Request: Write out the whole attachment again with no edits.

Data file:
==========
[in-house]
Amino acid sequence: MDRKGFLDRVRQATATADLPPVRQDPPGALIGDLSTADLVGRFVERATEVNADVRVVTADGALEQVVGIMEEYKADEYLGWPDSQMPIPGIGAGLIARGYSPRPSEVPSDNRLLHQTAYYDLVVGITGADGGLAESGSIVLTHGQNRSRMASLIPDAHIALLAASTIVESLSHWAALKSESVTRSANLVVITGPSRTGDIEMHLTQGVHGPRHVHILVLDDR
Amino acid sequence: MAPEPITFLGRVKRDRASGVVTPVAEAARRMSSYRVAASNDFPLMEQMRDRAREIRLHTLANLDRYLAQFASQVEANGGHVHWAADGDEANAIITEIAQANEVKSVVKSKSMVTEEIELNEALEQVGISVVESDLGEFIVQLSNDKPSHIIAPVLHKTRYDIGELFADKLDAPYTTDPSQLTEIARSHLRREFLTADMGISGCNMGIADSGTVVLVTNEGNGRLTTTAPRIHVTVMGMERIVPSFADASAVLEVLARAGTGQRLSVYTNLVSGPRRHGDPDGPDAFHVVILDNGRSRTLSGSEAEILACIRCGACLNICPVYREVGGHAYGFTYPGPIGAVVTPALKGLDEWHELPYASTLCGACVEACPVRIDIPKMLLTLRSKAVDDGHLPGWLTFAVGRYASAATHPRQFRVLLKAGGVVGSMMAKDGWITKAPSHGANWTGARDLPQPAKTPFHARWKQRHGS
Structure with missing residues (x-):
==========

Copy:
[in-house]
Amino acid sequence: MDRKGFLDRVRQATATADLPPVRQDPPGALIGDLSTADLVGRFVERATEVNADVRVVTADGALEQVVGIMEEYKADEYLGWPDSQMPIPGIGAGLIARGYSPRPSEVPSDNRLLHQTAYYDLVVGITGADGGLAESGSIVLTHGQNRSRMASLIPDAHIALLAASTIVESLSHWAALKSESVTRSANLVVITGPSRTGDIEMHLTQGVHGPRHVHILVLDDR
Amino acid sequence: MAPEPITFLGRVKRDRASGVVTPVAEAARRMSSYRVAASNDFPLMEQMRDRAREIRLHTLANLDRYLAQFASQVEANGGHVHWAADGDEANAIITEIAQANEVKSVVKSKSMVTEEIELNEALEQVGISVVESDLGEFIVQLSNDKPSHIIAPVLHKTRYDIGELFADKLDAPYTTDPSQLTEIARSHLRREFLTADMGISGCNMGIADSGTVVLVTNEGNGRLTTTAPRIHVTVMGMERIVPSFADASAVLEVLARAGTGQRLSVYTNLVSGPRRHGDPDGPDAFHVVILDNGRSRTLSGSEAEILACIRCGACLNICPVYREVGGHAYGFTYPGPIGAVVTPALKGLDEWHELPYASTLCGACVEACPVRIDIPKMLLTLRSKAVDDGHLPGWLTFAVGRYASAATHPRQFRVLLKAGGVVGSMMAKDGWITKAPSHGANWTGARDLPQPAKTPFHARWKQRHGS
Structure with missing residues (x-):